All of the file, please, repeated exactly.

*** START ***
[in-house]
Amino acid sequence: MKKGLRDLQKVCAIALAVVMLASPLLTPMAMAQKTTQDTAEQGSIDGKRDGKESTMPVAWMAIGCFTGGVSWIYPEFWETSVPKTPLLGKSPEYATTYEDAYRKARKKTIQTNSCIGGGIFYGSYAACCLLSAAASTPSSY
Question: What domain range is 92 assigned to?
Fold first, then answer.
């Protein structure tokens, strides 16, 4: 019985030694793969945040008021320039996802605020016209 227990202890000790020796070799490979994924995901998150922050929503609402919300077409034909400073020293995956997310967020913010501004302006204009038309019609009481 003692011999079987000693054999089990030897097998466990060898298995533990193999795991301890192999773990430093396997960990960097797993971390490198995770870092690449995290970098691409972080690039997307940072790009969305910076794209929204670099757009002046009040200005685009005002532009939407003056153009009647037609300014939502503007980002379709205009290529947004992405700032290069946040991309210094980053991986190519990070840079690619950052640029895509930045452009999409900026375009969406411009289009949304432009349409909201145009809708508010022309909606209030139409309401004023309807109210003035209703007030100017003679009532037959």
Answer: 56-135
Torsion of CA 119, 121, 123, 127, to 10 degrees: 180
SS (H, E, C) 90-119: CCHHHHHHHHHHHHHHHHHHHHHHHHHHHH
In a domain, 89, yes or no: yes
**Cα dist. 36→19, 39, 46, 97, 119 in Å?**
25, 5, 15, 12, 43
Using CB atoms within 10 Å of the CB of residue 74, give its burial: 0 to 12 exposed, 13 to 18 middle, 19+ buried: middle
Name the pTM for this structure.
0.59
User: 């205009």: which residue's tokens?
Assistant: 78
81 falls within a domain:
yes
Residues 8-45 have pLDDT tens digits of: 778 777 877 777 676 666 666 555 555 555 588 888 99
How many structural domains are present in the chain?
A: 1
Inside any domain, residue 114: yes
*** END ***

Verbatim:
[in-house]
Amino acid sequence: MKKGLRDLQKVCAIALAVVMLASPLLTPMAMAQKTTQDTAEQGSIDGKRDGKESTMPVAWMAIGCFTGGVSWIYPEFWETSVPKTPLLGKSPEYATTYEDAYRKARKKTIQTNSCIGGGIFYGSYAACCLLSAAASTPSSY
Question: What domain range is 92 assigned to?
Fold first, then answer.
């Protein structure tokens, strides 16, 4: 019985030694793969945040008021320039996802605020016209 227990202890000790020796070799490979994924995901998150922050929503609402919300077409034909400073020293995956997310967020913010501004302006204009038309019609009481 003692011999079987000693054999089990030897097998466990060898298995533990193999795991301890192999773990430093396997960990960097797993971390490198995770870092690449995290970098691409972080690039997307940072790009969305910076794209929204670099757009002046009040200005685009005002532009939407003056153009009647037609300014939502503007980002379709205009290529947004992405700032290069946040991309210094980053991986190519990070840079690619950052640029895509930045452009999409900026375009969406411009289009949304432009349409909201145009809708508010022309909606209030139409309401004023309807109210003035209703007030100017003679009532037959």
Answer: 56-135
Torsion of CA 119, 121, 123, 127, to 10 degrees: 180
SS (H, E, C) 90-119: CCHHHHHHHHHHHHHHHHHHHHHHHHHHHH
In a domain, 89, yes or no: yes
**Cα dist. 36→19, 39, 46, 97, 119 in Å?**
25, 5, 15, 12, 43
Using CB atoms within 10 Å of the CB of residue 74, give its burial: 0 to 12 exposed, 13 to 18 middle, 19+ buried: middle
Name the pTM for this structure.
0.59
User: 């205009």: which residue's tokens?
Assistant: 78
81 falls within a domain:
yes
Residues 8-45 have pLDDT tens digits of: 778 777 877 777 676 666 666 555 555 555 588 888 99
How many structural domains are present in the chain?
A: 1
Inside any domain, residue 114: yes